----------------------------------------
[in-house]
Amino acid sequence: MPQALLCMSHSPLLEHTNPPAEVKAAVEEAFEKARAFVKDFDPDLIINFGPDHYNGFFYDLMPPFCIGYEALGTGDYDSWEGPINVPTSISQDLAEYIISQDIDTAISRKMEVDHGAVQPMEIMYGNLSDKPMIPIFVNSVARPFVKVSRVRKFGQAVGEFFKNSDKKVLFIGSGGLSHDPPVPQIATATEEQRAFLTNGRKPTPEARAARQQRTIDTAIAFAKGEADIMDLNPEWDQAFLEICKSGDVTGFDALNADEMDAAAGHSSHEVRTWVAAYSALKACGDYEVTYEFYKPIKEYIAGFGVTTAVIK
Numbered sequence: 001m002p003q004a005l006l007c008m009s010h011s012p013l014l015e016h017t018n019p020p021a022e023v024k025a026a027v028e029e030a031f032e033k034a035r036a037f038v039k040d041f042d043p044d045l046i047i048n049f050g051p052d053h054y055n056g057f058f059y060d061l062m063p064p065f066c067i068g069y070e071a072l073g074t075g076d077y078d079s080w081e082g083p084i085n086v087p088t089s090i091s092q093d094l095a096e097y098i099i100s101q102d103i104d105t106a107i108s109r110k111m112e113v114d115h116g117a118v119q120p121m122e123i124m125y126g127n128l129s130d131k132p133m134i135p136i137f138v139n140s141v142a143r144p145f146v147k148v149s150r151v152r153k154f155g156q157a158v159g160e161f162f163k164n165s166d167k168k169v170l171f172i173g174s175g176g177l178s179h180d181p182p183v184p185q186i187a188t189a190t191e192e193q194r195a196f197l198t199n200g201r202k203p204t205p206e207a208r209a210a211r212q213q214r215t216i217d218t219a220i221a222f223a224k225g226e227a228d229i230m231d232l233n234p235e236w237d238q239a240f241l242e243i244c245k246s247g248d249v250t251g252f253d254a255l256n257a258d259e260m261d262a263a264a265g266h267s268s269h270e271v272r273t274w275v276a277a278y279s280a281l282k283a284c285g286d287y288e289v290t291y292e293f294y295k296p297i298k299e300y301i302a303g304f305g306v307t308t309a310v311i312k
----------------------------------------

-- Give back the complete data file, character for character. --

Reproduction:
[in-house]
Amino acid sequence: MPQALLCMSHSPLLEHTNPPAEVKAAVEEAFEKARAFVKDFDPDLIINFGPDHYNGFFYDLMPPFCIGYEALGTGDYDSWEGPINVPTSISQDLAEYIISQDIDTAISRKMEVDHGAVQPMEIMYGNLSDKPMIPIFVNSVARPFVKVSRVRKFGQAVGEFFKNSDKKVLFIGSGGLSHDPPVPQIATATEEQRAFLTNGRKPTPEARAARQQRTIDTAIAFAKGEADIMDLNPEWDQAFLEICKSGDVTGFDALNADEMDAAAGHSSHEVRTWVAAYSALKACGDYEVTYEFYKPIKEYIAGFGVTTAVIK
Numbered sequence: 001m002p003q004a005l006l007c008m009s010h011s012p013l014l015e016h017t018n019p020p021a022e023v024k025a026a027v028e029e030a031f032e033k034a035r036a037f038v039k040d041f042d043p044d045l046i047i048n049f050g051p052d053h054y055n056g057f058f059y060d061l062m063p064p065f066c067i068g069y070e071a072l073g074t075g076d077y078d079s080w081e082g083p084i085n086v087p088t089s090i091s092q093d094l095a096e097y098i099i100s101q102d103i104d105t106a107i108s109r110k111m112e113v114d115h116g117a118v119q120p121m122e123i124m125y126g127n128l129s130d131k132p133m134i135p136i137f138v139n140s141v142a143r144p145f146v147k148v149s150r151v152r153k154f155g156q157a158v159g160e161f162f163k164n165s166d167k168k169v170l171f172i173g174s175g176g177l178s179h180d181p182p183v184p185q186i187a188t189a190t191e192e193q194r195a196f197l198t199n200g201r202k203p204t205p206e207a208r209a210a211r212q213q214r215t216i217d218t219a220i221a222f223a224k225g226e227a228d229i230m231d232l233n234p235e236w237d238q239a240f241l242e243i244c245k246s247g248d249v250t251g252f253d254a255l256n257a258d259e260m261d262a263a264a265g266h267s268s269h270e271v272r273t274w275v276a277a278y279s280a281l282k283a284c285g286d287y288e289v290t291y292e293f294y295k296p297i298k299e300y301i302a303g304f305g306v307t308t309a310v311i312k